Genuine Evaluation, Real Evaluation, Better Evaluation, Actionable Evaluation …

Recently we’ve noticed that, not surprisingly, some people have been confused about the difference between genuine, real, and better evaluation.  Let’s clear that up.

Genuine Evaluation

The blog you’re currently reading and a set of principles that underpin our work. And maybe one day a book.

Jointly run by Jane Davidson and Patricia Rogers since January 2010, it’s where we share our ideas about genuine, authentic, practical evaluation – what it looks like, good examples, bad examples, lessons learned, tips, useful practices and methodologies.

We blog here intermittently when we want to share ideas and discuss issues, examples and events. Frequent Friday Funny drawing connections between jokes and evaluation ideas.

We also have a Genuine Evaluation jingle thanks to Kataraina Pipi, Nan Wehipeihana, and Kate McKegg who wrote this with us and performed it at the 2010 American Evaluation Association conference. (You can sing along here)

We’ve defined Genuine Evaluation in terms of five principles which summarise the type of evaluation we want to do and to support, and the types we want to hold up for critique and as cautionary tales:

  1. VALUE-BASED -transparent and defensible values (criteria of merit and worth and standards of performance)
  2. EMPIRICAL – credible evidence about what has happened and what has caused this,
  3. USABLE – reported in such a way that it can be understood and used by those who can and should use it (which doesn’t necessarily mean it’s used or used well, of course)
  4. SINCERE – a commitment by those commissioning evaluation to respond to information about both success and failure (those doing evaluation can influence this but not control it)
  5. HUMBLE – acknowledges its limitations

This does not restrict ‘genuine evaluation’ to any particular type of method or research design – experimental, quasi-experimental and non-experimental designs can all be appropriate in particular circumstances. But it does exclude:

  • evaluations that don’t get to the point of making a judgment about something being good or bad, better or worse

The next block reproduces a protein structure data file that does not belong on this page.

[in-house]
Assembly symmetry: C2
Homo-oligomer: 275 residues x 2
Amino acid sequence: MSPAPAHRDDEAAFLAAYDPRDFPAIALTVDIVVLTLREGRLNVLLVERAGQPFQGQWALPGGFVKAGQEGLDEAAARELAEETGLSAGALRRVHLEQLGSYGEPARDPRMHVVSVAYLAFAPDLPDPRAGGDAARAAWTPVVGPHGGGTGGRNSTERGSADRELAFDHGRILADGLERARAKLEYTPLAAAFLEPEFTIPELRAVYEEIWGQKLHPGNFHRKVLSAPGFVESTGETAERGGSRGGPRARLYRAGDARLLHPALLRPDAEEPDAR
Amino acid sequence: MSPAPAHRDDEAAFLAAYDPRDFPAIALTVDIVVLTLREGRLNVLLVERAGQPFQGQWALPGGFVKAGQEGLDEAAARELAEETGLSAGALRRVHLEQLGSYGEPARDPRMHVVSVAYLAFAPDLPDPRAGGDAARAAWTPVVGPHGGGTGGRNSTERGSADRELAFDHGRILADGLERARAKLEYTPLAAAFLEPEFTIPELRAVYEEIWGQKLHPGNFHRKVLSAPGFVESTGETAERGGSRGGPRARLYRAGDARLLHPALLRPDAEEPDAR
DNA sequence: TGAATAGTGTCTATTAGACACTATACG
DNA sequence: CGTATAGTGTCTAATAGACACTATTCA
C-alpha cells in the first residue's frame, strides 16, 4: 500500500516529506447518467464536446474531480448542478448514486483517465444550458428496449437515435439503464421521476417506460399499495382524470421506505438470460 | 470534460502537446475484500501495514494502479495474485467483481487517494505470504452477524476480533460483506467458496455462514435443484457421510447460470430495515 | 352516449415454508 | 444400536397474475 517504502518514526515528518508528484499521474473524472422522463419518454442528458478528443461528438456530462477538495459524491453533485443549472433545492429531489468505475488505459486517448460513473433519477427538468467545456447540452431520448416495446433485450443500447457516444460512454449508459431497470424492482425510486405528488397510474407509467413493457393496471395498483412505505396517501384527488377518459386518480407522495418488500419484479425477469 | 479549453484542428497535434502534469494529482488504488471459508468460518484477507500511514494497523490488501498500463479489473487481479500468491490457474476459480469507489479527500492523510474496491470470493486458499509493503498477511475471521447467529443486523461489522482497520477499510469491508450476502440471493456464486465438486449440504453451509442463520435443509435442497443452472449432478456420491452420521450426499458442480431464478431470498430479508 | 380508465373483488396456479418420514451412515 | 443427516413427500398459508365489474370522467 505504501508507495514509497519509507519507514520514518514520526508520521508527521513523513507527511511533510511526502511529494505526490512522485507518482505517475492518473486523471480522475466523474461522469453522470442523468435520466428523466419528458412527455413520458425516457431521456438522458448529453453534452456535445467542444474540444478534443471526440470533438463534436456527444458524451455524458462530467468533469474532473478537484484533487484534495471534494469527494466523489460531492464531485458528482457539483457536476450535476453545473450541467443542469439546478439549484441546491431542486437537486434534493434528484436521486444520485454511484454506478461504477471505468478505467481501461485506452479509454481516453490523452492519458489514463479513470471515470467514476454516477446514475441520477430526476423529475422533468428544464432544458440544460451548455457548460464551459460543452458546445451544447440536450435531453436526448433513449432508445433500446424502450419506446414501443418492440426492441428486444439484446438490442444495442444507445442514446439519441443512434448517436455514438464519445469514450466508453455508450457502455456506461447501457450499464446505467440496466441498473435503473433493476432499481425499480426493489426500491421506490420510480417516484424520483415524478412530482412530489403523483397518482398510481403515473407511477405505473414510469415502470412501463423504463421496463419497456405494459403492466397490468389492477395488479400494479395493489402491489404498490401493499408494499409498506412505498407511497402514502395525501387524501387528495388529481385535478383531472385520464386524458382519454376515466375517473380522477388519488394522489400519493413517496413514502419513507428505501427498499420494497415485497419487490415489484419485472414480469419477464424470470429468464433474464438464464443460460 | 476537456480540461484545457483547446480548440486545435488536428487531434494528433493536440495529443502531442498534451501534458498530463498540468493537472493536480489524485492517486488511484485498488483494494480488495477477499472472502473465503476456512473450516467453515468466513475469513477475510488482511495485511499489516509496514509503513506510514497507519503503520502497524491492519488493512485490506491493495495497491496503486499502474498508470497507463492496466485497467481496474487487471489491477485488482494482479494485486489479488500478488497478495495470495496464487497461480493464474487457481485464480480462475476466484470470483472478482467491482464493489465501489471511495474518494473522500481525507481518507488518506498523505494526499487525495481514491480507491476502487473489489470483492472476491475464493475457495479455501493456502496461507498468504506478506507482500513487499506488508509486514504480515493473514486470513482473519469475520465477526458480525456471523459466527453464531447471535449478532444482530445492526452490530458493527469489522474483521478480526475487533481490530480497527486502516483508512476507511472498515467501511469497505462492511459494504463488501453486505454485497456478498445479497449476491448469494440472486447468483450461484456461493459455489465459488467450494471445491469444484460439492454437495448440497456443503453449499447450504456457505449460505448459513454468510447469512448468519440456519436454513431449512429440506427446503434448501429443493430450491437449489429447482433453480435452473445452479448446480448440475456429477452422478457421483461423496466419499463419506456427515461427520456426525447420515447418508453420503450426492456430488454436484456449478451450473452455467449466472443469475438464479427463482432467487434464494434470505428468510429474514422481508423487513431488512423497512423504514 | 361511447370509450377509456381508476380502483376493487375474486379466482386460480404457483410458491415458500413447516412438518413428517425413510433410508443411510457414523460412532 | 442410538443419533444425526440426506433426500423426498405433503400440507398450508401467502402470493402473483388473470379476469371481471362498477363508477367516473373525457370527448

• evaluations that uncritically accept stated objectives as the only evaluative criteria, leaving out any unintended impacts
  • evaluations that focus only on the average effect, ignoring or being unaware of differential effects where a program might be effective on average but actually harmful in some circumstances
  • evaluations that are based on inadequate data – for example only using summarized participant responses as evidence of what has happened and how it has happened
  • evaluations that are ignored, buried or censored.

These principles stand us in good stead when we are planning evaluations and we use them in our other projects which are badged in different ways.

Real Evaluation

Real Eval logo finalA New Zealand-based, world-class evaluation consulting, capacity building and professional development organization.

Founded in 1997 by director Dr. E. Jane Davidson (and formerly known as Davidson Consulting Ltd), Real Evaluation works with organizations to ensure evaluations ask important, big picture questions about quality, value and importance – and provide clear, concise, direct answers to those questions.

When important outcomes are intangible or hard to measure, it focuses on providing approximate answer to important questions, roughly whether an intervention provides value for money and effort,  instead of a precise answer to something trivial.

Real Evaluation works independently or in collaboration with some of the world’s best evaluators to offer a range of specialist evaluation products, services and resources to organizations in New Zealand and around the globe.


logo (2)An  international collaborative project to improve evaluation practice and theory by sharing information about evaluation options (methods, strategies and tools).

Established with financial support from the Rockefeller Foundation, AusAID, IFAD, the Netherlands Ministry of Foreign Affairs, and founding partners RMIT University, Pact, ILAC and ODI, its website, which went live in October  2012, provides a framework for planning evaluations (either as an evaluator or as a manager of evaluation) in the form of 32 tasks, grouped into 7 clusters.  It has information on more than 200 different evaluation options.

The site is supported by contributions from over 1,000 individual and organisational members and other supporters.

A series of 8 webinars was presented in partnership with the American Evaluation Association featuring contributions from Irene Guijt, Simon Hearn, and Kerry Bruce, as well as by Patricia Rogers and Jane Davidson.

Actionable Evaluation: Getting succinct answers to the most important questions

actionable evaluation coverA low-cost e-book – and now print book! – available to read on Kindle, PC, Mac, tablet or smart phone.

54 pages of advice by Jane Davidson to help you avoid getting lost in indicators, measures, and analysis methods. You can use this guide to get clear, well-reasoned, insightful answers to your most important questions about quality and value.

The book is focused on six key elements of actionable evaluation: clear purpose; the right stakeholder engagement strategy; important, big picture questions; well-evidenced, well-reasoned answers; succinct, straight-to-the-point reporting; actionable insights.

Available as a paperback, printable PDF, Kindle, or in other ebook formats.







All clear now?  Looking forward to catching up with old and new friends at the American Evaluation Association conference in Washington DC next week – where we will be working on genuine, real, better and actionable evaluation.

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